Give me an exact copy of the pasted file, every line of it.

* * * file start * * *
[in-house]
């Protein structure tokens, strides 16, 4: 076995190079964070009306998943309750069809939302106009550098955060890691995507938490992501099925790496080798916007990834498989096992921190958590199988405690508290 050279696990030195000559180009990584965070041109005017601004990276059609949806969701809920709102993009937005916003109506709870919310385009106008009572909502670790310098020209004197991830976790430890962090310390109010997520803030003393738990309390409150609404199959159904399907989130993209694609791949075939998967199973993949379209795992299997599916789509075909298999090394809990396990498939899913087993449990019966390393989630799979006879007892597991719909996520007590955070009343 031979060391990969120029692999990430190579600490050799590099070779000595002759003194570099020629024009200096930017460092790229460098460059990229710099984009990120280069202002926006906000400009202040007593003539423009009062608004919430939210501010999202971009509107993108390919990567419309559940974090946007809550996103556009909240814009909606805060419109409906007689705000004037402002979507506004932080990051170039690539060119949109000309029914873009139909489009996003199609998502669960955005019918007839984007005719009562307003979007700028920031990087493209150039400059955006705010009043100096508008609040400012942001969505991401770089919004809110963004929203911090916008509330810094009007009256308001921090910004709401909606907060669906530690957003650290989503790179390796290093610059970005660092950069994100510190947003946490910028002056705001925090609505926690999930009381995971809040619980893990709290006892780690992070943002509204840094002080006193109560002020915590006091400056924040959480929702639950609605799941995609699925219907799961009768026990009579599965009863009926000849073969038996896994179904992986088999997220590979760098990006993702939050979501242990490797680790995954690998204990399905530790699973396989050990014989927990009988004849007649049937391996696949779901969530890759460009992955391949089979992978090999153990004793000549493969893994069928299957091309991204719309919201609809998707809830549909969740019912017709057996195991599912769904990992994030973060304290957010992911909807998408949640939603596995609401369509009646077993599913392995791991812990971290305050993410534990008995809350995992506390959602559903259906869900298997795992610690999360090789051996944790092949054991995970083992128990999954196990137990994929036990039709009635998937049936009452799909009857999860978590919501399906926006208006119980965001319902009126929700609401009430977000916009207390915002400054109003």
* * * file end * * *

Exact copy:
[in-house]
């Protein structure tokens, strides 16, 4: 076995190079964070009306998943309750069809939302106009550098955060890691995507938490992501099925790496080798916007990834498989096992921190958590199988405690508290 050279696990030195000559180009990584965070041109005017601004990276059609949806969701809920709102993009937005916003109506709870919310385009106008009572909502670790310098020209004197991830976790430890962090310390109010997520803030003393738990309390409150609404199959159904399907989130993209694609791949075939998967199973993949379209795992299997599916789509075909298999090394809990396990498939899913087993449990019966390393989630799979006879007892597991719909996520007590955070009343 031979060391990969120029692999990430190579600490050799590099070779000595002759003194570099020629024009200096930017460092790229460098460059990229710099984009990120280069202002926006906000400009202040007593003539423009009062608004919430939210501010999202971009509107993108390919990567419309559940974090946007809550996103556009909240814009909606805060419109409906007689705000004037402002979507506004932080990051170039690539060119949109000309029914873009139909489009996003199609998502669960955005019918007839984007005719009562307003979007700028920031990087493209150039400059955006705010009043100096508008609040400012942001969505991401770089919004809110963004929203911090916008509330810094009007009256308001921090910004709401909606907060669906530690957003650290989503790179390796290093610059970005660092950069994100510190947003946490910028002056705001925090609505926690999930009381995971809040619980893990709290006892780690992070943002509204840094002080006193109560002020915590006091400056924040959480929702639950609605799941995609699925219907799961009768026990009579599965009863009926000849073969038996896994179904992986088999997220590979760098990006993702939050979501242990490797680790995954690998204990399905530790699973396989050990014989927990009988004849007649049937391996696949779901969530890759460009992955391949089979992978090999153990004793000549493969893994069928299957091309991204719309919201609809998707809830549909969740019912017709057996195991599912769904990992994030973060304290957010992911909807998408949640939603596995609401369509009646077993599913392995791991812990971290305050993410534990008995809350995992506390959602559903259906869900298997795992610690999360090789051996944790092949054991995970083992128990999954196990137990994929036990039709009635998937049936009452799909009857999860978590919501399906926006208006119980965001319902009126929700609401009430977000916009207390915002400054109003």